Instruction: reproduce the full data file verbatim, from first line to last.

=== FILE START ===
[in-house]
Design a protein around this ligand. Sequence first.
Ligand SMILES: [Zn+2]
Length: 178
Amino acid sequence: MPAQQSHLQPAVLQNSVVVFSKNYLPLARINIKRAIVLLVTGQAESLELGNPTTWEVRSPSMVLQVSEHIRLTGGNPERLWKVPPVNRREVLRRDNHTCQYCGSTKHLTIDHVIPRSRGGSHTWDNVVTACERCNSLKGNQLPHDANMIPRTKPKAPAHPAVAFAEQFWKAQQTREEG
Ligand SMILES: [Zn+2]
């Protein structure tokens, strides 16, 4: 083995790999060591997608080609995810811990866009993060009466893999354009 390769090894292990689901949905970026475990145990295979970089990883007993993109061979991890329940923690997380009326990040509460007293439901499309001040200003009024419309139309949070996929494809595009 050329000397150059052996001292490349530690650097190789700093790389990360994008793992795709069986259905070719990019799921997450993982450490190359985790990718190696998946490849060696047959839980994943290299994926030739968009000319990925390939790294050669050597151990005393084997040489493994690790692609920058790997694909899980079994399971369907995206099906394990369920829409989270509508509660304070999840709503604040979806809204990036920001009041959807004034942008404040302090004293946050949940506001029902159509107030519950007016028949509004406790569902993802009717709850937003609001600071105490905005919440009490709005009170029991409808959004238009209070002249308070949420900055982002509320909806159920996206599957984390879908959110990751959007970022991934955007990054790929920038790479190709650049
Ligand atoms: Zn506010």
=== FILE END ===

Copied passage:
[in-house]
Design a protein around this ligand. Sequence first.
Ligand SMILES: [Zn+2]
Length: 178
Amino acid sequence: MPAQQSHLQPAVLQNSVVVFSKNYLPLARINIKRAIVLLVTGQAESLELGNPTTWEVRSPSMVLQVSEHIRLTGGNPERLWKVPPVNRREVLRRDNHTCQYCGSTKHLTIDHVIPRSRGGSHTWDNVVTACERCNSLKGNQLPHDANMIPRTKPKAPAHPAVAFAEQFWKAQQTREEG
Ligand SMILES: [Zn+2]
């Protein structure tokens, strides 16, 4: 083995790999060591997608080609995810811990866009993060009466893999354009 390769090894292990689901949905970026475990145990295979970089990883007993993109061979991890329940923690997380009326990040509460007293439901499309001040200003009024419309139309949070996929494809595009 050329000397150059052996001292490349530690650097190789700093790389990360994008793992795709069986259905070719990019799921997450993982450490190359985790990718190696998946490849060696047959839980994943290299994926030739968009000319990925390939790294050669050597151990005393084997040489493994690790692609920058790997694909899980079994399971369907995206099906394990369920829409989270509508509660304070999840709503604040979806809204990036920001009041959807004034942008404040302090004293946050949940506001029902159509107030519950007016028949509004406790569902993802009717709850937003609001600071105490905005919440009490709005009170029991409808959004238009209070002249308070949420900055982002509320909806159920996206599957984390879908959110990751959007970022991934955007990054790929920038790479190709650049
Ligand atoms: Zn506010």